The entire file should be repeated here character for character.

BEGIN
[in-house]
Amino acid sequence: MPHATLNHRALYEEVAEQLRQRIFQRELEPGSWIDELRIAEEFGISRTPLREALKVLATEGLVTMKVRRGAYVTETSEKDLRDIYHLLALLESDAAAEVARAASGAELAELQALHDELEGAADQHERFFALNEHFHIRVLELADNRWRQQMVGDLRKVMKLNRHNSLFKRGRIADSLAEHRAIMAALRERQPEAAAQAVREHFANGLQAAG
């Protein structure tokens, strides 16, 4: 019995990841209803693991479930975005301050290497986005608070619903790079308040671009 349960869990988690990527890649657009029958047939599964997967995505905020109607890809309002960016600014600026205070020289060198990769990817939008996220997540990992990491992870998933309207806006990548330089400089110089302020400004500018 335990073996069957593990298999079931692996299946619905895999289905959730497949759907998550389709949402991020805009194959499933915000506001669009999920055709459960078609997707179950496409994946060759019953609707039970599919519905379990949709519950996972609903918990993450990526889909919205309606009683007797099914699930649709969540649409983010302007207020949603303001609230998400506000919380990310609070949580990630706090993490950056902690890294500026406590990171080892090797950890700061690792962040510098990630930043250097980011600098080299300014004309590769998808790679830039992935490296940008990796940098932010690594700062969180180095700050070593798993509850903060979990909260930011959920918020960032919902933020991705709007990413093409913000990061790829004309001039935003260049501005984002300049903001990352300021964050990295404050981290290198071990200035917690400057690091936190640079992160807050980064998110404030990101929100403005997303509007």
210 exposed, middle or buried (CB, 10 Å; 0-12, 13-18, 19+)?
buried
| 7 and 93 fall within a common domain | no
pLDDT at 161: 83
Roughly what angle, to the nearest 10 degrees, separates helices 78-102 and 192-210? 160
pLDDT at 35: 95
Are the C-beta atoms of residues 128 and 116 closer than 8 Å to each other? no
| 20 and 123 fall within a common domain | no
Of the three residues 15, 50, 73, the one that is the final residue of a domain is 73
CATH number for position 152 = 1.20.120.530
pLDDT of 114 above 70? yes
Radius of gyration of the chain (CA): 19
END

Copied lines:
[in-house]
Amino acid sequence: MPHATLNHRALYEEVAEQLRQRIFQRELEPGSWIDELRIAEEFGISRTPLREALKVLATEGLVTMKVRRGAYVTETSEKDLRDIYHLLALLESDAAAEVARAASGAELAELQALHDELEGAADQHERFFALNEHFHIRVLELADNRWRQQMVGDLRKVMKLNRHNSLFKRGRIADSLAEHRAIMAALRERQPEAAAQAVREHFANGLQAAG
């Protein structure tokens, strides 16, 4: 019995990841209803693991479930975005301050290497986005608070619903790079308040671009 349960869990988690990527890649657009029958047939599964997967995505905020109607890809309002960016600014600026205070020289060198990769990817939008996220997540990992990491992870998933309207806006990548330089400089110089302020400004500018 335990073996069957593990298999079931692996299946619905895999289905959730497949759907998550389709949402991020805009194959499933915000506001669009999920055709459960078609997707179950496409994946060759019953609707039970599919519905379990949709519950996972609903918990993450990526889909919205309606009683007797099914699930649709969540649409983010302007207020949603303001609230998400506000919380990310609070949580990630706090993490950056902690890294500026406590990171080892090797950890700061690792962040510098990630930043250097980011600098080299300014004309590769998808790679830039992935490296940008990796940098932010690594700062969180180095700050070593798993509850903060979990909260930011959920918020960032919902933020991705709007990413093409913000990061790829004309001039935003260049501005984002300049903001990352300021964050990295404050981290290198071990200035917690400057690091936190640079992160807050980064998110404030990101929100403005997303509007």
210 exposed, middle or buried (CB, 10 Å; 0-12, 13-18, 19+)?
buried
| 7 and 93 fall within a common domain | no
pLDDT at 161: 83
Roughly what angle, to the nearest 10 degrees, separates helices 78-102 and 192-210? 160
pLDDT at 35: 95
Are the C-beta atoms of residues 128 and 116 closer than 8 Å to each other? no
| 20 and 123 fall within a common domain | no
Of the three residues 15, 50, 73, the one that is the final residue of a domain is 73
CATH number for position 152 = 1.20.120.530
pLDDT of 114 above 70? yes
Radius of gyration of the chain (CA): 19